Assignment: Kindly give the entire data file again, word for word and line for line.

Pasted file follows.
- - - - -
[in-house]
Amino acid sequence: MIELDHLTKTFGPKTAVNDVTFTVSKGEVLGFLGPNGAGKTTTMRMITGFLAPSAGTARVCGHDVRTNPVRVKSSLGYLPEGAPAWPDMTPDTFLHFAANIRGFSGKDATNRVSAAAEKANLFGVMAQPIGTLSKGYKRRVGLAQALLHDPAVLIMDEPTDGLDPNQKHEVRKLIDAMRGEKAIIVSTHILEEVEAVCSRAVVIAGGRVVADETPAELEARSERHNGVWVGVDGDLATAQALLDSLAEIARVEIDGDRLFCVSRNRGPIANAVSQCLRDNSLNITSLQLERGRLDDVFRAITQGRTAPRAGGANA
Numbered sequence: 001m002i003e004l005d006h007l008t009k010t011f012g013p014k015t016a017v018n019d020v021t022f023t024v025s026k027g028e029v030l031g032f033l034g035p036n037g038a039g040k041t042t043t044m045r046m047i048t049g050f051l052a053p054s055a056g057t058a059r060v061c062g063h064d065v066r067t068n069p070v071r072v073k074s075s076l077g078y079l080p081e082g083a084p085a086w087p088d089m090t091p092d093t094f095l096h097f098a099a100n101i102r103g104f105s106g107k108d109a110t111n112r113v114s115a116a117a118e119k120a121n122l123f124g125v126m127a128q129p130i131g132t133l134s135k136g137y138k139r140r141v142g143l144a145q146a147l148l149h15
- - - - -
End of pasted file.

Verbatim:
[in-house]
Amino acid sequence: MIELDHLTKTFGPKTAVNDVTFTVSKGEVLGFLGPNGAGKTTTMRMITGFLAPSAGTARVCGHDVRTNPVRVKSSLGYLPEGAPAWPDMTPDTFLHFAANIRGFSGKDATNRVSAAAEKANLFGVMAQPIGTLSKGYKRRVGLAQALLHDPAVLIMDEPTDGLDPNQKHEVRKLIDAMRGEKAIIVSTHILEEVEAVCSRAVVIAGGRVVADETPAELEARSERHNGVWVGVDGDLATAQALLDSLAEIARVEIDGDRLFCVSRNRGPIANAVSQCLRDNSLNITSLQLERGRLDDVFRAITQGRTAPRAGGANA
Numbered sequence: 001m002i003e004l005d006h007l008t009k010t011f012g013p014k015t016a017v018n019d020v021t022f023t024v025s026k027g028e029v030l031g032f033l034g035p036n037g038a039g040k041t042t043t044m045r046m047i048t049g050f051l052a053p054s055a056g057t058a059r060v061c062g063h064d065v066r067t068n069p070v071r072v073k074s075s076l077g078y079l080p081e082g083a084p085a086w087p088d089m090t091p092d093t094f095l096h097f098a099a100n101i102r103g104f105s106g107k108d109a110t111n112r113v114s115a116a117a118e119k120a121n122l123f124g125v126m127a128q129p130i131g132t133l134s135k136g137y138k139r140r141v142g143l144a145q146a147l148l149h15